The Independent Press
Money Matters – Skloff Financial Group Question of the Month – May 2, 2012
Impacts of Increased Healthcare Costs
Question: My company recently began offering a Health Savings Account (HSA) available to all the employees. What are the pros and cons of a HSA?
The Problem – Healthcare Costs. If you think rising healthcare costs are only the insurance company’s problem or your employer’s problem, think again. Most employees pay 10%-90% of their healthcare costs, when all costs are included. All it takes is a quick review of your pay stub over the last few years to see that the insurance companies are passing on increasing healthcare costs to employers and employers are passing on these costs to employees.
According to the Kaiser Family Foundation, the average annual premium for family health insurance through an employer reached $15,073 in 2011, an increase of 9% over the previous year. From 2001 to 2011 family health insurance premiums increased over 100%, while wages increased 34% in the same period. While employer contributions grew 113% to $10,944, employee contributions grew by 131% to $4,129.
The Solution – Health Savings Account. Just a quick background on Health Savings Account (HSA) and how it works. The HSA is a hybrid between a health insurance plan and a retirement plan. The HSA was established so savings used for qualified medical expenses for yourself, or anyone you claim as a spouse or dependent would be free from taxes. Qualified medical expenses include: medical doctors, dental and optical care, chiropractic care, long term care, and Medicare Part A or Part B and Medicare HMO insurance premiums. Unqualified medical expenses include: cosmetic surgery, health club dues, nonprescription drugs and medicines and funeral expenses.
A contribution to a HSA is only permitted if the health insurance accompanying it has a deductible (your out of pocket expense) of at least $1,200 for individual coverage or $2,400 for family coverage. The current contribution limit per year is $3,100 for individual coverage or $6,250 for family coverage. Those 55 and older can contribute an additional $1,000. Contributions are all pre-tax, a tremendous benefit for those seeking tax breaks. If the savings are used for qualified medical expenses, the entire amount can be withdrawn free of taxes. Yes – that is right, free of taxes. If the savings are used for other purposes, the withdrawal is taxed as income and accessed a 20% penalty (if under the age of 65). At age 65, when Medicare begins, withdrawals are only taxed as income at your then tax rate. All interest, gains and dividends in a HSA are sheltered from taxation – allowing all earnings to compound on a tax-advantaged basis. Unused balances can be rolled over from year to year. The HSA can also be used as a retirement plan, in addition to a 401(k) and Individual Retirement Account (IRA).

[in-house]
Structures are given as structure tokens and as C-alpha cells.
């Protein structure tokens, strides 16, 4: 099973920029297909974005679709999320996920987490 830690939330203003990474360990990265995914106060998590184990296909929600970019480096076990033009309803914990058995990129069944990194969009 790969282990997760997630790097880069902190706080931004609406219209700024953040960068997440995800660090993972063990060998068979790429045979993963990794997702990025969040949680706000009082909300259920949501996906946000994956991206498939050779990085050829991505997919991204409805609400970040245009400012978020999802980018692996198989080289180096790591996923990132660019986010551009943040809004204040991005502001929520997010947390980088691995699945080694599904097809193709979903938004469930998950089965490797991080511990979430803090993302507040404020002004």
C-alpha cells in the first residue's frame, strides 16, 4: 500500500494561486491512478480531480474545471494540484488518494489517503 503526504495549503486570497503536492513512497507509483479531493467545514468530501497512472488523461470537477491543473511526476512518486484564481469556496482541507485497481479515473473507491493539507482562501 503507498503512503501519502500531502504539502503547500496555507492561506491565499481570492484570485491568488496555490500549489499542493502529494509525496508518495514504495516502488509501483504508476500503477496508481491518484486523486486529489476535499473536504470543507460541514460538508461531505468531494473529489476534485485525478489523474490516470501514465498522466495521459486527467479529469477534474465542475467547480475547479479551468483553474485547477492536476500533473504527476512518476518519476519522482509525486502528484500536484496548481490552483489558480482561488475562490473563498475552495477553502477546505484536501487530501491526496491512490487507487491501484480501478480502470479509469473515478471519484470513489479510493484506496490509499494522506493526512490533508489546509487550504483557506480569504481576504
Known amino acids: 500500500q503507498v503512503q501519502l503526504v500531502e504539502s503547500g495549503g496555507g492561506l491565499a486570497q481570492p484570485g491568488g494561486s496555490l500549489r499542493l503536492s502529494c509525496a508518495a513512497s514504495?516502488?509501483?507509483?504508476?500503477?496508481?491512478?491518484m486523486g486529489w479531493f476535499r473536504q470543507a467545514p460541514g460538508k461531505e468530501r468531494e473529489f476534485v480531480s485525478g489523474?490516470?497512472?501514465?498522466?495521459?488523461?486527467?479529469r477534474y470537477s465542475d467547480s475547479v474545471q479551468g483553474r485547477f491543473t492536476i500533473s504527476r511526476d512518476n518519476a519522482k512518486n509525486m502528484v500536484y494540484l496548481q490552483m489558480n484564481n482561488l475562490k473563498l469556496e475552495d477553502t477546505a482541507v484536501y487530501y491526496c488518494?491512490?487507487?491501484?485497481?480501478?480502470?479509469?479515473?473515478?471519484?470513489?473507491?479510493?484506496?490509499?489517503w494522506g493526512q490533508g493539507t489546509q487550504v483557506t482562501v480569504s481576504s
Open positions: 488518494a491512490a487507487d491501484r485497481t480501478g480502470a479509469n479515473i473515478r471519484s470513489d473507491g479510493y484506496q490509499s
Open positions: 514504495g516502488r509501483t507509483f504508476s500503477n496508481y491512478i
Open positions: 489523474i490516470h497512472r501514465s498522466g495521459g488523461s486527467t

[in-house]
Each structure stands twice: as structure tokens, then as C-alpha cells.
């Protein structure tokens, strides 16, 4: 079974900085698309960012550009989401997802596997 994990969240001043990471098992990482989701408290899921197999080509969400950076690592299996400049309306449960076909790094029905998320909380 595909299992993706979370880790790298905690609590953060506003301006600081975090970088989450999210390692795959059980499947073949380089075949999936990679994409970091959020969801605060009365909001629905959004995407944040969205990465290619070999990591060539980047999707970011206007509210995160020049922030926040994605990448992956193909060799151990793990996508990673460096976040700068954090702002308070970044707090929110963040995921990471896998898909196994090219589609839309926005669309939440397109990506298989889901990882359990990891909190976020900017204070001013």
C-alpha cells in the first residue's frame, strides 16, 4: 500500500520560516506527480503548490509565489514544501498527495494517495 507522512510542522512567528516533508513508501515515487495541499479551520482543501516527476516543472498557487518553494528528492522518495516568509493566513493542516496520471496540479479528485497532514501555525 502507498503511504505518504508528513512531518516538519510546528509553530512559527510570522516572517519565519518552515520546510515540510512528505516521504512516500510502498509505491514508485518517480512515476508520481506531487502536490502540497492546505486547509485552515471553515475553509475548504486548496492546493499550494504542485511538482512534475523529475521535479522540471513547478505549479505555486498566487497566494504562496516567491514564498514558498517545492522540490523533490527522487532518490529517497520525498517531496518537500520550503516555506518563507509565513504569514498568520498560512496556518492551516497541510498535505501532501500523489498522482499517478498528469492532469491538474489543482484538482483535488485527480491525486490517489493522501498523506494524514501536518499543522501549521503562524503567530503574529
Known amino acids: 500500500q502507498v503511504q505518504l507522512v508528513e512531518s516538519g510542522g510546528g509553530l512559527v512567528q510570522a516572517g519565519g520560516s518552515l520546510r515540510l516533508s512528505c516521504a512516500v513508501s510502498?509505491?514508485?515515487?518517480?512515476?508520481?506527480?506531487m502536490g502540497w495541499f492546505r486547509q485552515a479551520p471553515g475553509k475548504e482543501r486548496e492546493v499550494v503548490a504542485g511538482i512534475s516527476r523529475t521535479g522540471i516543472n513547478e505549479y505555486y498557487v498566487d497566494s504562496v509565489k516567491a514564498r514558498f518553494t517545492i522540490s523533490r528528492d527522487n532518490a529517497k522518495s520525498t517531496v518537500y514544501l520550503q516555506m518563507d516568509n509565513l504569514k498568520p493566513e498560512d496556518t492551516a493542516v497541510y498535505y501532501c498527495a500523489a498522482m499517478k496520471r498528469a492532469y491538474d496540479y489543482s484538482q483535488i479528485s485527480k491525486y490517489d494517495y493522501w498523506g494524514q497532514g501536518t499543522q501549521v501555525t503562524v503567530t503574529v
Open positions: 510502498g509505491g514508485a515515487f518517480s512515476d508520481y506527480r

A Win for Employees, Employers and Insurers. Because the HSA is based on a high deductible insurance plan the employee takes on a higher level of responsibility and risk for medical expenses than a traditional insurance policy, while the insurance company takes on a lower level of responsibility. Employees who run their family to the doctor office every time someone has the sniffles (because the visit only costs them $20, while the insurance company pays the remaining $75 under a traditional plan) will think twice when they pay the full $95 out of their own pocket under a HSA. That said, those out of pocket costs are all with pre-tax dollars that were contributed to the HSA. By utilizing a HSA employers can reduce their premium costs by as much as 50%, passing most or all of those savings directly to the employees.
Action Step – Implement a Health Savings Account. Implement a HSA for your company or ask your employer to implement one. A HSA provides a pre-tax means to contribute towards an account that will grow over time, with the option to use the money for medical expenses on a tax-free basis or for any purpose in retirement on a penalty free basis. When it comes to important employee benefit decisions, speak with a licensed financial professional before making costly mistakes.
Aaron Skloff, Accredited Investment Fiduciary (AIF), Chartered Financial Analyst (CFA), Master of Business Administration (MBA) is CEO of Skloff Financial Group, a Registered Investment Advisory firm based in Berkeley Heights. He can be contacted at www.skloff.com or 908-464-3060.